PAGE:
Return to the Latest

COVID-19, quarantine, and distance-learning


As the state of New York currently leads the U.S. in the number of COVID-19 cases with a confirmed total of over 60,000 confirmed cases and 1,200 deaths, this unexpected, rapidly increasing pandemic has opened a lot of historic changes we did not even know were possible. These changes include: isolating people into their own homes while limiting actual physical person-to-person contact, shutting down schools and college campuses while transitioning to distance-learning, and closing establishments and businesses while terminating various employees who don’t even have a secondary immediate option for employment. These unforeseen policies and procedures as a response to this global public health emergency have made a majority of the population left with no choice but to follow, even to their disadvantage.

Personally, I have never experienced being quarantined for a long period of time, not because I do show symptoms of COVID-19, but due to the fact I have to follow the local, state, and even federal regulations to just stay home to limit my exposure and possible spreading of the disease to other people. I do so with a keen and cautious observance of my duty as a responsible citizen of this nation, but ultimately it has impacted me in a lot of different ways educationally and even more so, physically and mentally.

With the sudden CUNY transition to distance-learning, I was forced to spend almost the entire 24-hours of my day at home, often disregarding my need for a daily physical activity, feeling it has drained me physically already in just a span of a week. Occasionally, I feel heavily fatigued from unknown reasons just by spending most of my time sitting, facing my laptop hopping from one online class or meeting to another, keeping up to date with overloaded Blackboard announcements, reading and responding to numerous emails from professors and classmates, and doing various advanced assignments which did not even exist at the beginning of the semester. What I truly sense is how overwhelming this sudden change has just been, and I can’t imagine its toll on other students who don’t even have remote access to the Internet or even a personal computer, if indeed this takes longer than expected to resolve.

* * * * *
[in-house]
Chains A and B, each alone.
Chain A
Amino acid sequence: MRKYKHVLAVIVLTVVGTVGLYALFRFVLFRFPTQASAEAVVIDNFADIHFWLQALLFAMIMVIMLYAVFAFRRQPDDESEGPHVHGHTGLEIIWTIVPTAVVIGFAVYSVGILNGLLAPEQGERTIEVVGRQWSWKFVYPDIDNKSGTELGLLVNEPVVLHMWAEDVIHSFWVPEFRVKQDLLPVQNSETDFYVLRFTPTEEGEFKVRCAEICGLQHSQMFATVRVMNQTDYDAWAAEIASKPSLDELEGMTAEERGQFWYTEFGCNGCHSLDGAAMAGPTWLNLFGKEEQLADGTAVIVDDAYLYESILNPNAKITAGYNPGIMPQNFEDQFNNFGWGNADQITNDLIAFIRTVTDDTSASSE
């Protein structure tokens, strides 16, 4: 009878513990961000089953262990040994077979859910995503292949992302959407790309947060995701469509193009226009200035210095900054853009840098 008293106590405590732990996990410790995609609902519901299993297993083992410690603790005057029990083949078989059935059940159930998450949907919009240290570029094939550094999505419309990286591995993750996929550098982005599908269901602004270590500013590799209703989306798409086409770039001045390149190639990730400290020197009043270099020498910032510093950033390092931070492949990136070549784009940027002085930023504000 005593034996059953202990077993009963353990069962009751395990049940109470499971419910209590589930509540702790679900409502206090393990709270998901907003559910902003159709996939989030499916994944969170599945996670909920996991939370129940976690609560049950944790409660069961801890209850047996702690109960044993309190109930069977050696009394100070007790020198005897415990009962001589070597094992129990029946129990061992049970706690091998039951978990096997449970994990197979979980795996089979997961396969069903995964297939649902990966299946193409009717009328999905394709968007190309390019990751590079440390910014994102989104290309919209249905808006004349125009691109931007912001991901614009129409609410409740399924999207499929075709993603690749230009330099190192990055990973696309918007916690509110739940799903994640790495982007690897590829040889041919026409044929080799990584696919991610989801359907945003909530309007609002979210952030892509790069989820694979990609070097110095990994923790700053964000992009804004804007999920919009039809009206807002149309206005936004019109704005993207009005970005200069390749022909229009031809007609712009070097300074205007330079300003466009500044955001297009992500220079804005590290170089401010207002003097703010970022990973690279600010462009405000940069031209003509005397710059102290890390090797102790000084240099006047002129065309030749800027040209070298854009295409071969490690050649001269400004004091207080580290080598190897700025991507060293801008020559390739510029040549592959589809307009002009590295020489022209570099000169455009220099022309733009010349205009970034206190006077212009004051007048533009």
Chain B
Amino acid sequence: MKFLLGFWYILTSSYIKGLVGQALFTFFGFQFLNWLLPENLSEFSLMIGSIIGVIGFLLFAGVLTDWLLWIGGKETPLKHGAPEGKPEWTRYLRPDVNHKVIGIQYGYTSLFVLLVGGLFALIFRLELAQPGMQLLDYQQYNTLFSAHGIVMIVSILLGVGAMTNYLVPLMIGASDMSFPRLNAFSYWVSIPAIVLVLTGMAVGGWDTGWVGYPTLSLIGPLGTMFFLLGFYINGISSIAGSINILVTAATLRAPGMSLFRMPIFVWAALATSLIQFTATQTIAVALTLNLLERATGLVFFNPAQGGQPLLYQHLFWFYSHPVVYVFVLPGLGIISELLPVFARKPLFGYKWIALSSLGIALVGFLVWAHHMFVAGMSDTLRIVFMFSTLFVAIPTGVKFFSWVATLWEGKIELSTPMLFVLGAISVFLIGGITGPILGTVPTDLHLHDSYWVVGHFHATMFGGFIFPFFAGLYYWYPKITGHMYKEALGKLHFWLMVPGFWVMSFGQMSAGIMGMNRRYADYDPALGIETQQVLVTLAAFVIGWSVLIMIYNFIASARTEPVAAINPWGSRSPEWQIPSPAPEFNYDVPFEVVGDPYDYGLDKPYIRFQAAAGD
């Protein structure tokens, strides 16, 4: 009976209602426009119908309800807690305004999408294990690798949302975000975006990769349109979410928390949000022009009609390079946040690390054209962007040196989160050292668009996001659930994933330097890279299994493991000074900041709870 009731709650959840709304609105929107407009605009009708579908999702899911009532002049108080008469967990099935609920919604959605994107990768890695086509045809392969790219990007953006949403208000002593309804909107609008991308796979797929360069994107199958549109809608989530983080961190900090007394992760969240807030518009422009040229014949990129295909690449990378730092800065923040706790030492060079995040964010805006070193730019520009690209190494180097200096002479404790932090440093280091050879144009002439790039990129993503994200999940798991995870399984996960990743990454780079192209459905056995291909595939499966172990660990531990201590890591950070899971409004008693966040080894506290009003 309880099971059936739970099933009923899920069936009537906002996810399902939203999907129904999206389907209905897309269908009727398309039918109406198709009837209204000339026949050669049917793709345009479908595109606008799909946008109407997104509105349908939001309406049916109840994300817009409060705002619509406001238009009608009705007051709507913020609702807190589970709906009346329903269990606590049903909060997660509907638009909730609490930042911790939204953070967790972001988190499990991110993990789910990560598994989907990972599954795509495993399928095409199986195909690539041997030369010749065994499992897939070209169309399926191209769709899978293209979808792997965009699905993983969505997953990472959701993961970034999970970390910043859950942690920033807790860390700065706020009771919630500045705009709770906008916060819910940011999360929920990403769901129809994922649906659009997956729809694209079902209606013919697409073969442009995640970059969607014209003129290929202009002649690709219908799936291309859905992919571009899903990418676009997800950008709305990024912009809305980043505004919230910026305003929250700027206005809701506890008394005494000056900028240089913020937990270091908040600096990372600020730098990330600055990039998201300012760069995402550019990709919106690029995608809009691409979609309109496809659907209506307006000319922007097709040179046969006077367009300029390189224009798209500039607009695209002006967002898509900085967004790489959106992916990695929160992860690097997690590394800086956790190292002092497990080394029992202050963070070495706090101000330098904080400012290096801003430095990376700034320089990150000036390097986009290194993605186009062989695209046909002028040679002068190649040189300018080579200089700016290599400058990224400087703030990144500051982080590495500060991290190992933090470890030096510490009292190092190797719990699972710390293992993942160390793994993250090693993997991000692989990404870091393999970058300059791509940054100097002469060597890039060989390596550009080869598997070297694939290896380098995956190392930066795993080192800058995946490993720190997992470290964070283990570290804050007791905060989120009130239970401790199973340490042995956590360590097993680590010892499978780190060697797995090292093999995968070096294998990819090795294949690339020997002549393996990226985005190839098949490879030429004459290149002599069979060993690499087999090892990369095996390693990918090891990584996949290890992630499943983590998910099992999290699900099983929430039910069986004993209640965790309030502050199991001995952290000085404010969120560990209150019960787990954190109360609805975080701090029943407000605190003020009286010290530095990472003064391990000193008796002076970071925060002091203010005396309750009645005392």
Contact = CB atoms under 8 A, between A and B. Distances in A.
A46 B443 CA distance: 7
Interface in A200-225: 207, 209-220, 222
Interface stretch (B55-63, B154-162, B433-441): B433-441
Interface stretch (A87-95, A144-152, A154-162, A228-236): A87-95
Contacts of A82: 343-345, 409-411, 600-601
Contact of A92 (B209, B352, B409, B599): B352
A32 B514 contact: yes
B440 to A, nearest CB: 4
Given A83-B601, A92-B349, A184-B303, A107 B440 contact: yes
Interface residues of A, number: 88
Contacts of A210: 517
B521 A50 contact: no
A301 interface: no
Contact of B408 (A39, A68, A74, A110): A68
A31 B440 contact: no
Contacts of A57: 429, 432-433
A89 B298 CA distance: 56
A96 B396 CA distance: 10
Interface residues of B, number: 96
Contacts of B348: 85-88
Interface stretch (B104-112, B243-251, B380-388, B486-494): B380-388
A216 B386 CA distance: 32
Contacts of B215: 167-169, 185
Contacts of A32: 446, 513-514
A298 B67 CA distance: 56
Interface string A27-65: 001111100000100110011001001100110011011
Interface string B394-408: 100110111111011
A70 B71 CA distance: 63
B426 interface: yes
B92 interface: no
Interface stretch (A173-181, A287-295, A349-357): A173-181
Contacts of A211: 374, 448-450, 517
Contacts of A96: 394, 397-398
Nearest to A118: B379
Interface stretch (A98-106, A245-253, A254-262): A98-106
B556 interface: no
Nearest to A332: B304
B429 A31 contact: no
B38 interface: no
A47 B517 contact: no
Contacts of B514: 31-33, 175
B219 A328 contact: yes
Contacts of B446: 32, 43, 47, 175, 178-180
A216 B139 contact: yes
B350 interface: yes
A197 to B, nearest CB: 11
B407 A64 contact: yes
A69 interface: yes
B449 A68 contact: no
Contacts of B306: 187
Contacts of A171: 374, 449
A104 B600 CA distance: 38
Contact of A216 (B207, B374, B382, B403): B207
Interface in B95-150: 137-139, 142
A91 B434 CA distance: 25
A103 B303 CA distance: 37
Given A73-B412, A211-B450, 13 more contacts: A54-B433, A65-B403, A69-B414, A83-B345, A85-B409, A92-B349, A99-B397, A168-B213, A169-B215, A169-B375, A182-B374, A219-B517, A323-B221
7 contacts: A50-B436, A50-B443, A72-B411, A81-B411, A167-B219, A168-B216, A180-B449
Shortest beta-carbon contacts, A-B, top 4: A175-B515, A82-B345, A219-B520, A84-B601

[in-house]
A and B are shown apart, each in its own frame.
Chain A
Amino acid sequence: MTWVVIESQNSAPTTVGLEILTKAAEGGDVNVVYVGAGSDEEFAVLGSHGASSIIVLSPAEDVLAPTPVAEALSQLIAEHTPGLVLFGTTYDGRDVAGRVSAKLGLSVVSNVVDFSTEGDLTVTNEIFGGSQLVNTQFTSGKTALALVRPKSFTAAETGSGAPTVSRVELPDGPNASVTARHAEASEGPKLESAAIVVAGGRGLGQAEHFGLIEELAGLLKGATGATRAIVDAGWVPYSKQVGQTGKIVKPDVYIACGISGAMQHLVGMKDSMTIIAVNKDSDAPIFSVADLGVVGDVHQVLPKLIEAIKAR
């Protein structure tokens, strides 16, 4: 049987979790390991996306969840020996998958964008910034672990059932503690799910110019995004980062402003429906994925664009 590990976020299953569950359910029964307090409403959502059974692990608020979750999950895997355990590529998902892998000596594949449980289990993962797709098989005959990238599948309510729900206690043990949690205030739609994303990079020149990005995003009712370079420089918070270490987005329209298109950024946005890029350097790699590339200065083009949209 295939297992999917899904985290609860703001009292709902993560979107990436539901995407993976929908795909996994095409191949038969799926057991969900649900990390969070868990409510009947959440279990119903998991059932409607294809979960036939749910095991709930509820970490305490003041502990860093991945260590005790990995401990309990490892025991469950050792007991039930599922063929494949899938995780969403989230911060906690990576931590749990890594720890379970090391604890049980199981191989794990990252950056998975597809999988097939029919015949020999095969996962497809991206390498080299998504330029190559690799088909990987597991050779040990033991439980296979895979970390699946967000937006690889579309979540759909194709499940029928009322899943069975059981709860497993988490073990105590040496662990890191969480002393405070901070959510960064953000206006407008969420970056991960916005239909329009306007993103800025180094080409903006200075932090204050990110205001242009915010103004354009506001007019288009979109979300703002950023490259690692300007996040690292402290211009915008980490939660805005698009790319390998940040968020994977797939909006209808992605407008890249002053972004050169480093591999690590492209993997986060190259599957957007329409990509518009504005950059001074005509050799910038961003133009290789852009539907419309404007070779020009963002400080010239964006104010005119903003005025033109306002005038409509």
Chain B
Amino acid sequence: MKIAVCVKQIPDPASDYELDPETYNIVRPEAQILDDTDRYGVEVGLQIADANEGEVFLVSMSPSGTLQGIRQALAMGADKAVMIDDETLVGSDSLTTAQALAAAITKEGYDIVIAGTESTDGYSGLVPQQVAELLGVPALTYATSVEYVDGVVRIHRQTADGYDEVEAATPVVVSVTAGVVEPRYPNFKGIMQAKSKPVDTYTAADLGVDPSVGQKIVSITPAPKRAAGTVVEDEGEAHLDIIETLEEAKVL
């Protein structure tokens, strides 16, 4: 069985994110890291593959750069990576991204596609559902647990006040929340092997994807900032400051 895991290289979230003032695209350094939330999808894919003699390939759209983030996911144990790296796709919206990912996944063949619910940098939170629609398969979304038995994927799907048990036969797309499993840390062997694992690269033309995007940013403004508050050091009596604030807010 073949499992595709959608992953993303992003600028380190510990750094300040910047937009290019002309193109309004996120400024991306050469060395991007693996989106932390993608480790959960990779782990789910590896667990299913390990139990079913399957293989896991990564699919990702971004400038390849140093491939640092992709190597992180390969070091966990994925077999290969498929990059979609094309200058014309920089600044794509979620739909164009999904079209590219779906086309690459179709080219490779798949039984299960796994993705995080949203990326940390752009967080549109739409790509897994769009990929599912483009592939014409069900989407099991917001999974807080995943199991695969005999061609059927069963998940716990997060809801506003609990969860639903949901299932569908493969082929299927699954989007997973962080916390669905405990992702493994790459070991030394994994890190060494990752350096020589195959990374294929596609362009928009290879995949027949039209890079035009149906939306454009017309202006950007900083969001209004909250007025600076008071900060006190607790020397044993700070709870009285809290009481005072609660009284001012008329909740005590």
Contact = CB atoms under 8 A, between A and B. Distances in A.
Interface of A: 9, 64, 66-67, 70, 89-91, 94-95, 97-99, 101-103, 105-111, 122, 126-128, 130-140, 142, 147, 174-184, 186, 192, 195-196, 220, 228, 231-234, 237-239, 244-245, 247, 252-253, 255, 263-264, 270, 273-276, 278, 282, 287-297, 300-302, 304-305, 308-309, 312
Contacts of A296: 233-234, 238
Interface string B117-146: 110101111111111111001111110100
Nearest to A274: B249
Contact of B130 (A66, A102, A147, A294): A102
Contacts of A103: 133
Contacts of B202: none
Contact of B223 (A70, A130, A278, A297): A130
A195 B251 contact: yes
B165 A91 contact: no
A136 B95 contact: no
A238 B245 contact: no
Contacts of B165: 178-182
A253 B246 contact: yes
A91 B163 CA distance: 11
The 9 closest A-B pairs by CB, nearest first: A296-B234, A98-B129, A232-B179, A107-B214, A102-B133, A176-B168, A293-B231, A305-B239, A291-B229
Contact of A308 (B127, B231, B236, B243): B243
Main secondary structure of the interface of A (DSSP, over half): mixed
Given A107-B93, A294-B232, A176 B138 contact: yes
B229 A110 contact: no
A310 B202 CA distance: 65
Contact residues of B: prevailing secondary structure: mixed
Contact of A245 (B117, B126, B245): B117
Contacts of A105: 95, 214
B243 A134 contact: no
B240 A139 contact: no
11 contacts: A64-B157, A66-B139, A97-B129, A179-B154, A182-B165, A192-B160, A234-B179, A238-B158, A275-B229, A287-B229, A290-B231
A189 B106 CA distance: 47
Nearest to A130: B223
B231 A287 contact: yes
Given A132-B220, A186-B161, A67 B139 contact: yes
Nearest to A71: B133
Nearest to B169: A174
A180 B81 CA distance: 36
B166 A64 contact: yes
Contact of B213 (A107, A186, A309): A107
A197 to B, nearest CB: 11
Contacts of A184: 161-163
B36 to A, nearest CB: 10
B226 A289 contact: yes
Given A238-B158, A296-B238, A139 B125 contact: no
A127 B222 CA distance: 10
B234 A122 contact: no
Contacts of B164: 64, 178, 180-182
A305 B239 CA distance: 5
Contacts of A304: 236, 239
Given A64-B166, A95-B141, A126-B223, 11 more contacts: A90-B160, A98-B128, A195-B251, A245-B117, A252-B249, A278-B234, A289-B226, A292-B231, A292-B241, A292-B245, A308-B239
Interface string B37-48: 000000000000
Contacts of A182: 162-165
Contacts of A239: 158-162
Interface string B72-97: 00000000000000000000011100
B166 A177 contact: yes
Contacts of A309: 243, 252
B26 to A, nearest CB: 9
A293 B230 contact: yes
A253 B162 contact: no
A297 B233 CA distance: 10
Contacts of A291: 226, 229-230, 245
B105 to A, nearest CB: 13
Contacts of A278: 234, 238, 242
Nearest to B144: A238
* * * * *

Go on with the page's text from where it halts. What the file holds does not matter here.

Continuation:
Similarly, I must face the reality that out of this drastic educational scheduling shift, I will have to do most of my work outside of school which in all honesty might not be the most ideal setting for a person like me to study. I am currently living with both my senior parents in Queens, New York and although my Dad, waiting for his retirement in 2 years, still works at the hospital five days a week, I do spend most of my time with my mom who is a diagnosed bipolar with some underlying medical conditions such as Diabetes. While it’s very convenient not to travel back and forth to school every day, I feel this forced-isolation has made me less productive than how I was and how I’m supposed to be, having to juggle both my personal mental health and focusing on my education while at the same time looking over my high-risk parents’ (especially my mom’s) day-to-day needs and actual physical attention. Believe me, it creates a lot of opportunities for familial growth, yet at the same time results in countless unforeseeable drama too!

In closing, this sudden COVID-19 pandemic has made me feel we just boarded on a mandatory one-way flight of uncertainty with lots of hand-carried questions and apprehensions. But one thing to note: as in every flight anyone has been on, what kept us still going all along is that hope to finally reach our “destination.” With that, I’ll be more than willing to go through the discomforts and oftentimes pains of the long hours of travel knowing a safe landing will soon come.

So, as we all are equally in flight now, may we consciously change our perspective from fear, anxiety, and disorder to confidence, peace, and discipline. And as we all try to be joyful amidst this very unchartered territory, may we TAKE HEART and TRUST THE JOURNEY for rest-assured our pilot will soon announce: “Everyone… Prepare for landing!” Until then fasten your seatbelts.

Romy Robielos II is a junior at New  York City College of Technology, CUNY, and a member of Young Invincibles’ Young Advocates Program.